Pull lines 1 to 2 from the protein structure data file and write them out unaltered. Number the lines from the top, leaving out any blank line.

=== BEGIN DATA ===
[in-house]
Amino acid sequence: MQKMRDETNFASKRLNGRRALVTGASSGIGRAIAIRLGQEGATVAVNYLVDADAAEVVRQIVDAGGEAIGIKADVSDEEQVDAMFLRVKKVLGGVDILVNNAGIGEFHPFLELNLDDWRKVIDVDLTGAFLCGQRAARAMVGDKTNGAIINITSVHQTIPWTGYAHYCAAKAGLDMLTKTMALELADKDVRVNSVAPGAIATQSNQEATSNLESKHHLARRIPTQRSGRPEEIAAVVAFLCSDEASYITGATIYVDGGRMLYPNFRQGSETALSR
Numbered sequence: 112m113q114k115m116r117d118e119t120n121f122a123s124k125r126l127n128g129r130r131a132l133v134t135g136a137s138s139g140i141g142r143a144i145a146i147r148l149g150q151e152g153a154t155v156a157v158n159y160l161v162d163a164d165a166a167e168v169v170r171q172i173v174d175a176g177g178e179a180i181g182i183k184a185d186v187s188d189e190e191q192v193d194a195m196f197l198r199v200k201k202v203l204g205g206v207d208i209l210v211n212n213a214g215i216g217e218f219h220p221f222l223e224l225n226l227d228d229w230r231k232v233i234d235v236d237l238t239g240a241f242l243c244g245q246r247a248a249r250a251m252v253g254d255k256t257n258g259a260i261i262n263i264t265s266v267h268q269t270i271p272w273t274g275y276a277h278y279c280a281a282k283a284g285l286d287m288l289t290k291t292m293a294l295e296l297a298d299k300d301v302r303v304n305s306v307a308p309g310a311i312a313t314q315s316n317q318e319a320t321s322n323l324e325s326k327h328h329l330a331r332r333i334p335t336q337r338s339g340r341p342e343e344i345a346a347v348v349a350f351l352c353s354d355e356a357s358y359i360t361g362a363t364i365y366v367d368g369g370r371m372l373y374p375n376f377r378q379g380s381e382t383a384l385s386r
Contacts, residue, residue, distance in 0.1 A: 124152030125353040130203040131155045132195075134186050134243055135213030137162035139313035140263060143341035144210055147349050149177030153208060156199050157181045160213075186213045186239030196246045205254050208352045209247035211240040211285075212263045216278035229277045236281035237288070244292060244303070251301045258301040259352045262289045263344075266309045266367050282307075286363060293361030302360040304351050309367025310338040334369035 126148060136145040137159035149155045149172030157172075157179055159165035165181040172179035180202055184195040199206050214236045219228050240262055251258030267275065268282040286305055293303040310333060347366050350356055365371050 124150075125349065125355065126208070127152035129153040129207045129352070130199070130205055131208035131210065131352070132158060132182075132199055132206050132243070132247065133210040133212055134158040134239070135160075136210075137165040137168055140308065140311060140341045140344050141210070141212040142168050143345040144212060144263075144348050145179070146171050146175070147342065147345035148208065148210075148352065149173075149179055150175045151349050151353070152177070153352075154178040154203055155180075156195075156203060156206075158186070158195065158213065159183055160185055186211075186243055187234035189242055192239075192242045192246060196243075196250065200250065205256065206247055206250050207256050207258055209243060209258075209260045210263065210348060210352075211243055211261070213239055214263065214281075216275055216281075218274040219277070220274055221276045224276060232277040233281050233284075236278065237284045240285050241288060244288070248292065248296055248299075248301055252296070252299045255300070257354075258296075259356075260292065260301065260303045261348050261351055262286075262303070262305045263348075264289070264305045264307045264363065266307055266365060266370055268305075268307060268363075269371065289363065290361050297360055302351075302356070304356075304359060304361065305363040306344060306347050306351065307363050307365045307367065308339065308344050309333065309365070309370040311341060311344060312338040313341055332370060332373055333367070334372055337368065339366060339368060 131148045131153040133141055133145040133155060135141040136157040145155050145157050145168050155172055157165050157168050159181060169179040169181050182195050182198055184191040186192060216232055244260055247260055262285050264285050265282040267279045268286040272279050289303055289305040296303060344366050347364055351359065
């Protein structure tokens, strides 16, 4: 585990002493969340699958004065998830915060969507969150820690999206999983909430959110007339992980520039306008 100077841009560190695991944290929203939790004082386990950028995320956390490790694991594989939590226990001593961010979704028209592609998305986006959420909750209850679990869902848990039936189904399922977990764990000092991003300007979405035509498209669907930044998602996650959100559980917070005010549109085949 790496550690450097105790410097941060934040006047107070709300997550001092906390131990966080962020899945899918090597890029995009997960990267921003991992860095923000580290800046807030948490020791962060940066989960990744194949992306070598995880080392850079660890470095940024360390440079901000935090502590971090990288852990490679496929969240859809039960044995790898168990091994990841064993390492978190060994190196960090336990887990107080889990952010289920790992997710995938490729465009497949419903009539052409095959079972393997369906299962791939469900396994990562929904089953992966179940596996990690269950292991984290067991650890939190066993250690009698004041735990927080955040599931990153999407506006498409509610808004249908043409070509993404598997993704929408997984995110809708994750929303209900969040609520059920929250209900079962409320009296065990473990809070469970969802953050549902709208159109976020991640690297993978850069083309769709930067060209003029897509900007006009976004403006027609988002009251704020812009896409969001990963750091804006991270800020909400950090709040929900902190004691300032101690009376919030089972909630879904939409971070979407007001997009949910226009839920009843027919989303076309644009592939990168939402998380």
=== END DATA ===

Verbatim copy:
[in-house]
Amino acid sequence: MQKMRDETNFASKRLNGRRALVTGASSGIGRAIAIRLGQEGATVAVNYLVDADAAEVVRQIVDAGGEAIGIKADVSDEEQVDAMFLRVKKVLGGVDILVNNAGIGEFHPFLELNLDDWRKVIDVDLTGAFLCGQRAARAMVGDKTNGAIINITSVHQTIPWTGYAHYCAAKAGLDMLTKTMALELADKDVRVNSVAPGAIATQSNQEATSNLESKHHLARRIPTQRSGRPEEIAAVVAFLCSDEASYITGATIYVDGGRMLYPNFRQGSETALSR